Automation
Versioning JavaScript libraries with semantic-release

by Markus Tacker

Automation: Versioning JavaScript libraries with semantic-release

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We use semantic-release to automatically determine the next version of a library and release it to our npm organization.

The next version is determined by scanning the commit messages. They must follow the Angular commit message rules, and in every library a hook will check commit messages against these rules.

⚠️ The package.json of a project should only contain 0.0.0-development as the version property, semantic-release will ignore the value.
⚠️ Only the published package on npm will contain the correct version number.

How to release a new version of a package

Let's assume we have a library, which has the npm version 2.3.4.

A new version will be publish by the respective project's CI run. All you have to do is to use commit messages that follow the schema describe here.

There are three commit messages that will trigger a release:

Patch release:

fix: <commit message>

Feature release:

feat: <commit message>

Breaking Release:

<scope>: <commit message>

BREAKING CHANGE:

<description of breaking change>

⚠️ Note that any other commit message format will not trigger a release.

Patch release 🐞 (fix) 2.3.4 -> 2.3.5

👉 A fix is a change to the implementation which removes a bug without changing the public API (method names and signatures, exports) of the library. The consumer of the library must not need to change their implementation when installing the fixed version.

Oopsie

To release a fix (which will update the version from 2.3.4 to 2.3.5, use the type fix in the commit message:

fix: <commit message>

You can optionally add a scope, which is a lowercase string used to identify the affected component.

fix(<scope>): <commit message>

Scopes are useful when the project is rather big.

Feature release 🚀 (feat) 2.3.4 -> 2.4.0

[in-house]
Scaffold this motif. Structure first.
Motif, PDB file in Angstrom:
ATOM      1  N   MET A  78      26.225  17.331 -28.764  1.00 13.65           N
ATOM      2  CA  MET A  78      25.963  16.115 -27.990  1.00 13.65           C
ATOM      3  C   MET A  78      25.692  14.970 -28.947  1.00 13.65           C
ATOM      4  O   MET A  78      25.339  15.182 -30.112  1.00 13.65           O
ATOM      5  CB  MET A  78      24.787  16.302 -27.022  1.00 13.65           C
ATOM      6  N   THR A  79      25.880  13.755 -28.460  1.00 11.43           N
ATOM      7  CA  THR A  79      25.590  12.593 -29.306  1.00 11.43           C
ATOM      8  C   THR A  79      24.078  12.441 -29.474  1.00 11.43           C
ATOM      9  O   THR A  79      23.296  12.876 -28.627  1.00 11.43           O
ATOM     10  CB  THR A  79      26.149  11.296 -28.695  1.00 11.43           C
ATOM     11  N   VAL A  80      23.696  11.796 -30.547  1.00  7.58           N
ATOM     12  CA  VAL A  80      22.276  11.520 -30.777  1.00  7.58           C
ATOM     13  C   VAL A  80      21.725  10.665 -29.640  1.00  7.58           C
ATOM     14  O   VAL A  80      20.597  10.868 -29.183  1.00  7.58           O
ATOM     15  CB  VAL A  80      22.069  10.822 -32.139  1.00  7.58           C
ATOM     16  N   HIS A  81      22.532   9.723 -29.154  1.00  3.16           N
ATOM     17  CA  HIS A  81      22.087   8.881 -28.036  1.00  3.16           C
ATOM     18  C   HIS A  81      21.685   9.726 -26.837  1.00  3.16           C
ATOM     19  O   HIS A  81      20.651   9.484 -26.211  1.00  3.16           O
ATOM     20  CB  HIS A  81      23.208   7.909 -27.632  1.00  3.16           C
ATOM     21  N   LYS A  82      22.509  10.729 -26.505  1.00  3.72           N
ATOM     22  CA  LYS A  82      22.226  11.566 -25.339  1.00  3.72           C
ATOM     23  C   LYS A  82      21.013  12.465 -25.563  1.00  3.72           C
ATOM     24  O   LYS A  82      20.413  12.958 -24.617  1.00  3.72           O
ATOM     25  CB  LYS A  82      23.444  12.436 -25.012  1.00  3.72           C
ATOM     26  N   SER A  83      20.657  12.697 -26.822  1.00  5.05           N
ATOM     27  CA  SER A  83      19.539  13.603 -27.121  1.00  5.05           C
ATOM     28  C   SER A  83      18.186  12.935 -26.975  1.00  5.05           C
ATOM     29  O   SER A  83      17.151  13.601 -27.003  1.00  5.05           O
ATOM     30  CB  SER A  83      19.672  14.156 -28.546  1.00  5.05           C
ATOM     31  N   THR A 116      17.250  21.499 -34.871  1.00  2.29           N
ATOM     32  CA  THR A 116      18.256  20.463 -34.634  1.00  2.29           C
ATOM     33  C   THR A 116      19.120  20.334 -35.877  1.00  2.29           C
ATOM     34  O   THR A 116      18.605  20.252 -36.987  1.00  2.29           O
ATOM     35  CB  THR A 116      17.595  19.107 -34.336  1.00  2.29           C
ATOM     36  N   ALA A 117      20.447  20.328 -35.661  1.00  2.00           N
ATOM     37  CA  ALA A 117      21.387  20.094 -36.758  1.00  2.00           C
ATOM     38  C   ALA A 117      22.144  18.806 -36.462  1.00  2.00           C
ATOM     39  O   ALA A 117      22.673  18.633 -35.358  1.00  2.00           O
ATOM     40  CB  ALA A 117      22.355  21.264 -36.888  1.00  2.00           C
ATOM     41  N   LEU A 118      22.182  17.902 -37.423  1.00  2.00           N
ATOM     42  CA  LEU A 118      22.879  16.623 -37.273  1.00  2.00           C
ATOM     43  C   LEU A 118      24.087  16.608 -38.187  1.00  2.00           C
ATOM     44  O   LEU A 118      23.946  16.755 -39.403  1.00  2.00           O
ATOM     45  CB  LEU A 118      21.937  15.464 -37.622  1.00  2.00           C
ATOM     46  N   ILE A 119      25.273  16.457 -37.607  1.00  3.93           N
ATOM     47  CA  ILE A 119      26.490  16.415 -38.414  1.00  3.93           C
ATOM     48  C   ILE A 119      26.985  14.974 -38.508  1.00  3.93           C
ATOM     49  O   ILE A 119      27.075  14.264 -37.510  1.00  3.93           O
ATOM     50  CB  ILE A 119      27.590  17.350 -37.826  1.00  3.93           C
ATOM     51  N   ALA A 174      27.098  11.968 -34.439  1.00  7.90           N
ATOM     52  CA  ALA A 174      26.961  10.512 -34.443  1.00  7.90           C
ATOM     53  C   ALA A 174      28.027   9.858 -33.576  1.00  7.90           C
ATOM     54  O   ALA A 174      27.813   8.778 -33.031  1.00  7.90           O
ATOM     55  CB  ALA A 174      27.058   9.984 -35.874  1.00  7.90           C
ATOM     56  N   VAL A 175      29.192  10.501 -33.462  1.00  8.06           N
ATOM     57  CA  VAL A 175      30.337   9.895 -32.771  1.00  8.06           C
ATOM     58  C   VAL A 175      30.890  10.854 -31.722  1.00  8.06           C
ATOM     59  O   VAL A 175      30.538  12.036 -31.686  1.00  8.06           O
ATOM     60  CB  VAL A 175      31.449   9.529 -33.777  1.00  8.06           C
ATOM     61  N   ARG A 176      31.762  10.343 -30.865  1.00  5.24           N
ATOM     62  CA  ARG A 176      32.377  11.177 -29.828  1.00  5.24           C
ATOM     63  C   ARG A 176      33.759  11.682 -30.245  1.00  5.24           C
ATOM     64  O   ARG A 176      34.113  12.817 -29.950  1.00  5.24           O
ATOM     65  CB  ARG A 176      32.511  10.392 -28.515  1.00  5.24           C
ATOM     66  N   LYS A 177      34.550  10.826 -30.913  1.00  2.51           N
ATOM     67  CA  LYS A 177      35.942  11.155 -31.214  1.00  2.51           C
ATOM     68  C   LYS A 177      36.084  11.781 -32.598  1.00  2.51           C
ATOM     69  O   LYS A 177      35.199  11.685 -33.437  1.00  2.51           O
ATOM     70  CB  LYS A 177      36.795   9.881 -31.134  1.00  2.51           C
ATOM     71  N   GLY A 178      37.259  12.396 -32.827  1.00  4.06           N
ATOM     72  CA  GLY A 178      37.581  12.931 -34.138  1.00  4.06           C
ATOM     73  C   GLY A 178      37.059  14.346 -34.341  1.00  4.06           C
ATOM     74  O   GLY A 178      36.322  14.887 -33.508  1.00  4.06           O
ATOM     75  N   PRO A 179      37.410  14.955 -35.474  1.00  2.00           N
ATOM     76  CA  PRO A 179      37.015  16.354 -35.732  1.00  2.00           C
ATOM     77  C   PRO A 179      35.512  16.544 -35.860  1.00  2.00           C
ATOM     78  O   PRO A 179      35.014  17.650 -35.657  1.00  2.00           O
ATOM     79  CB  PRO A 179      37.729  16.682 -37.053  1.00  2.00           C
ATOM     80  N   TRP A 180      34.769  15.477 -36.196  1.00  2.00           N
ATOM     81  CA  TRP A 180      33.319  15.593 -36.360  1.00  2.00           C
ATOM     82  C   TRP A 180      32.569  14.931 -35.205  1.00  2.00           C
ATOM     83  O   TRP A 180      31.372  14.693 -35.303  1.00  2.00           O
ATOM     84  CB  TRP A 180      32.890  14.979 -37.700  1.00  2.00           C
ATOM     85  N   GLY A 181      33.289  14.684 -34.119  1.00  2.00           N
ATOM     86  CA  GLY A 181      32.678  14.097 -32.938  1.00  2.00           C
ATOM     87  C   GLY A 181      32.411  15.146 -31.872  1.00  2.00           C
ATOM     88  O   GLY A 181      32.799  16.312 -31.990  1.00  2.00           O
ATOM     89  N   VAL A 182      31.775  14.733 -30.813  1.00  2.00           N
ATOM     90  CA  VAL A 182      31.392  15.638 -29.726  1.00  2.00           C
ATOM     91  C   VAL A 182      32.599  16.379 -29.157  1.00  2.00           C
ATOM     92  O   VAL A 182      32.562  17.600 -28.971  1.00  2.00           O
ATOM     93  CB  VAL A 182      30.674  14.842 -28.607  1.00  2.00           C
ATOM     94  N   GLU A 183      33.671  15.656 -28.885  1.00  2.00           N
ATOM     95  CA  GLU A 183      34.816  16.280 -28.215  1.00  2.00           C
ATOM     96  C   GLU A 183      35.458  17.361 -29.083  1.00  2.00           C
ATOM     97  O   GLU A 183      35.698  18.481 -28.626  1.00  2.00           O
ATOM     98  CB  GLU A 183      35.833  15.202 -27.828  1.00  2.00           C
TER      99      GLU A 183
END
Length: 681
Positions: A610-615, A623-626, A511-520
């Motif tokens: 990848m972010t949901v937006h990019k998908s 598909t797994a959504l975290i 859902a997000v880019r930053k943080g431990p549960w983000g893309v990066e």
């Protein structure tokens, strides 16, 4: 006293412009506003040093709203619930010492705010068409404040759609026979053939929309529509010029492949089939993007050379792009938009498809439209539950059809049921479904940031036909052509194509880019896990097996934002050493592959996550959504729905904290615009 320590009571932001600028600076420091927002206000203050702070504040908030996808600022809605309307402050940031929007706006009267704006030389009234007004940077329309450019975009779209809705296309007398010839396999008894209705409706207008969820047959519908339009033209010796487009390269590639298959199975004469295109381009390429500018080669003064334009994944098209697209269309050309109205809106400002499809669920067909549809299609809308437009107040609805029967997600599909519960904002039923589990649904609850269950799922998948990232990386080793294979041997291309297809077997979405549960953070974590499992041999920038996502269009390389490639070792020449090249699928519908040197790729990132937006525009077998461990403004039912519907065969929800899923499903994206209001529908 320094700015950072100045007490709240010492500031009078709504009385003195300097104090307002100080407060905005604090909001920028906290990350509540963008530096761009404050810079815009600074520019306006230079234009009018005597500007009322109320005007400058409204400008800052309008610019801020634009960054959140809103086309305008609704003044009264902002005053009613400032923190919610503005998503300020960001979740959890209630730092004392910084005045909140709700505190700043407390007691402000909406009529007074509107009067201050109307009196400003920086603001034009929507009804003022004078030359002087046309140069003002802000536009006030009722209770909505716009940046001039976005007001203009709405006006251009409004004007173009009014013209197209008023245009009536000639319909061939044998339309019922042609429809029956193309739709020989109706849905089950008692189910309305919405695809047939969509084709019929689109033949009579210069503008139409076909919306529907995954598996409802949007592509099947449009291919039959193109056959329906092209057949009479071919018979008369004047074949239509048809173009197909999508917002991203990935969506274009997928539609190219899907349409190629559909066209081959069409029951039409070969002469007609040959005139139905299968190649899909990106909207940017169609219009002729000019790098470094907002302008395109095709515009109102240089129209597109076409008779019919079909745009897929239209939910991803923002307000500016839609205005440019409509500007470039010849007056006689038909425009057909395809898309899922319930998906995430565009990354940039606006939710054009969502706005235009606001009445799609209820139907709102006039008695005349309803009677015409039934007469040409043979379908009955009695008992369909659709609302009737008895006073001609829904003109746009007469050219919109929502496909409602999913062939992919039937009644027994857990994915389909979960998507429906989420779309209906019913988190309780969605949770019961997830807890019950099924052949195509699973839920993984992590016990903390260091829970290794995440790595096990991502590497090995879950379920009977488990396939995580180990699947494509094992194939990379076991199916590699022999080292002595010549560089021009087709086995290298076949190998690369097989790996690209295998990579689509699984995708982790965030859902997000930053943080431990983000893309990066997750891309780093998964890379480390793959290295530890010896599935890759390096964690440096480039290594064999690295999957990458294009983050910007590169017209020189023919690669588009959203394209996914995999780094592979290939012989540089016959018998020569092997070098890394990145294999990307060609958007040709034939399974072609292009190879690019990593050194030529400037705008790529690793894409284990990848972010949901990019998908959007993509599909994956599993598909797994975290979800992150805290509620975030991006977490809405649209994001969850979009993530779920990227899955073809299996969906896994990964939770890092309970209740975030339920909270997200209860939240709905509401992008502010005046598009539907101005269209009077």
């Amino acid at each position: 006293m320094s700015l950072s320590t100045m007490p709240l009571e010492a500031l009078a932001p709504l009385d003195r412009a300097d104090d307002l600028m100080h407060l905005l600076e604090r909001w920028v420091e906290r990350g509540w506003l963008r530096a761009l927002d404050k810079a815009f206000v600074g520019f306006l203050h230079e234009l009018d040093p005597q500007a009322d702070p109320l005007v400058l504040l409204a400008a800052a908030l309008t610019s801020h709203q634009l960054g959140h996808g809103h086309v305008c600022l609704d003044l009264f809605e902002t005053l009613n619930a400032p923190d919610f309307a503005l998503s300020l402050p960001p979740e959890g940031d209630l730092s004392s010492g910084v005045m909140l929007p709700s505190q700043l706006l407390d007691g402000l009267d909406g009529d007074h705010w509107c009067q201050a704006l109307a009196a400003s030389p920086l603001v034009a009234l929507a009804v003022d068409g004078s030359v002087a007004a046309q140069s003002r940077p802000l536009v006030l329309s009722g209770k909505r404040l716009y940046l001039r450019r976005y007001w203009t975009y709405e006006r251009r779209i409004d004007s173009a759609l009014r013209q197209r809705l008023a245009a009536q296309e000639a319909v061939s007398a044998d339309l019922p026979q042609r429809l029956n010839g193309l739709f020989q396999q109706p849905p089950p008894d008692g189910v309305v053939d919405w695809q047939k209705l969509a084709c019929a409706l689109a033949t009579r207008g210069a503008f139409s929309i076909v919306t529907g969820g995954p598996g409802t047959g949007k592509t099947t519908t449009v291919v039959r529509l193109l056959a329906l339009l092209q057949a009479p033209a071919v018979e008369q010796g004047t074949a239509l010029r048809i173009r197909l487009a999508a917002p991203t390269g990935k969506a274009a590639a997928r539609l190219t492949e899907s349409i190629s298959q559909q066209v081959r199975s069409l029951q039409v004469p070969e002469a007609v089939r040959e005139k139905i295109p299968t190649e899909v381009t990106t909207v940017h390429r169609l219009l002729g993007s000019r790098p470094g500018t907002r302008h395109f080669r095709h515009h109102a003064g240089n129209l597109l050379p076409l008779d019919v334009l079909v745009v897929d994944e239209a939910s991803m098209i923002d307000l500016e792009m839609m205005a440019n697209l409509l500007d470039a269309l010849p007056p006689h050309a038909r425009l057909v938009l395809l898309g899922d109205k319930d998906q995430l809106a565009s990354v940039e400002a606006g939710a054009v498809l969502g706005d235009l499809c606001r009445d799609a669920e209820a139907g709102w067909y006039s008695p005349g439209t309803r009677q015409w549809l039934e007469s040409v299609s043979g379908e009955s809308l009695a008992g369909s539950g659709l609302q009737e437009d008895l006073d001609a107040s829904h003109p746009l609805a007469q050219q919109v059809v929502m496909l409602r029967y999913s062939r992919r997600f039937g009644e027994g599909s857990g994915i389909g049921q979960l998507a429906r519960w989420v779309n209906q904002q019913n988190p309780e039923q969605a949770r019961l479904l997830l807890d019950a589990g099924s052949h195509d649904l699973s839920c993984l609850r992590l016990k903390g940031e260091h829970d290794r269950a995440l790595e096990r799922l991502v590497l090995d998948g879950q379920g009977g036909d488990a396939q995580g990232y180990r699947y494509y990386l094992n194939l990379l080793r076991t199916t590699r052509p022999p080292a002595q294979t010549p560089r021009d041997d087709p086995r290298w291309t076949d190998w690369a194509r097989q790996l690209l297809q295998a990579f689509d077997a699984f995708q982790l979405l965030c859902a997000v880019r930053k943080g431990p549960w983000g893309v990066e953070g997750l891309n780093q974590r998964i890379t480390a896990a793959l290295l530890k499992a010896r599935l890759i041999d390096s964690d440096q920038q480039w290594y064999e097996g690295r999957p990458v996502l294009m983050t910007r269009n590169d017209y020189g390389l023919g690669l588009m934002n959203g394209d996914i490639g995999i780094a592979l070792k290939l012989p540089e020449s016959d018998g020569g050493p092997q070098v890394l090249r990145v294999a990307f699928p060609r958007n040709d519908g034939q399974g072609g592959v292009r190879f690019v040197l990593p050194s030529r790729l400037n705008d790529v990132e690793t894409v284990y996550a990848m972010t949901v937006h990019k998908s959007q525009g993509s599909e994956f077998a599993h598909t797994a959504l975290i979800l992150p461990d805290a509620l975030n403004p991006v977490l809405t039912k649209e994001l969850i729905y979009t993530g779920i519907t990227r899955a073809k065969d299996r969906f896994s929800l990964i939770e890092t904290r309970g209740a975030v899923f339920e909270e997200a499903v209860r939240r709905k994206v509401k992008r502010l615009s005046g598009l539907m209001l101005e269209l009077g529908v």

👉 A feature is a change to the implementation of a library which adds additional functionality without changing the public API of the library. You may add new exports, methods and even extra, optional method arguments, but the consumer of the library must not need to change their implementation when installing the library with the new feature.

Yeah

To release a feature (which will update the version from 2.3.4 to 2.4.0, use the type feat in the commit message:

feat: <commit message>

You can optionally add a scope as well.

Breaking Release 🚨 (BREAKING CHANGE:) 2.3.4 -> 3.0.0

👉 Every time the public API of the library changes in a way that requires the consumer to update their implementation you must mark the change as breaking. This can happen if method names and arguments are renamed, previously optional arguments become required, arguments get removed, classes get renamed. Even if the change is very small, as soon as you are breaking the library's contract (it's public API) it is considered a breaking change, according to semver.

Boom

To release a breaking release (which will update the version from 2.3.4 to 3.0.0, use the text BREAKING CHANGE: (followed by a space of two new-lines) in the commit message:

refactor: <commit message>

BREAKING CHANGE:

<description of breaking change>

You can optionally add a scope as well.

Not that in the case of a breaking release the message type (here refactor) can be any valid type.

Typical changes

Updated dependencies

If you are manually updating dependencies in a library, you should commit the change as a fix, so that consumers are also using the updated dependencies.

Refactoring

If you do a pure refactoring of a library without changing the features and the public API but want to use the refactored version in your consumers, commit the refactoring as a feature. After all, you are improving the library which qualifies as a feature, e.g. it could be a performance-improvement.

How releases are published

After you have pushed your changes to the remote repository, a job will be run on the CI runner. If the job completes successfully (e.g. if all tests pass and the linter does not report any errors), semantic-release will determine the next version to be released.

The "highest" commit will win (fix > feat > breaking change). This means if the list of commit messages since the last release contains only fixes, the patch version will be incremented (2.3.4 -> 2.3.5). If the list of commits contains at least one new feature, then the minor version will be incremented and the patch version will be set to 0 (2.3.4 -> 2.4.0). If the list of commits contains at least one breaking change, then the major version will be incremented and the minor and patch versions will be set to 0 (2.3.4 -> 3.0.0).

This new version will be written to the package.json and the package will be published to the npm registry.

Happy releasing!

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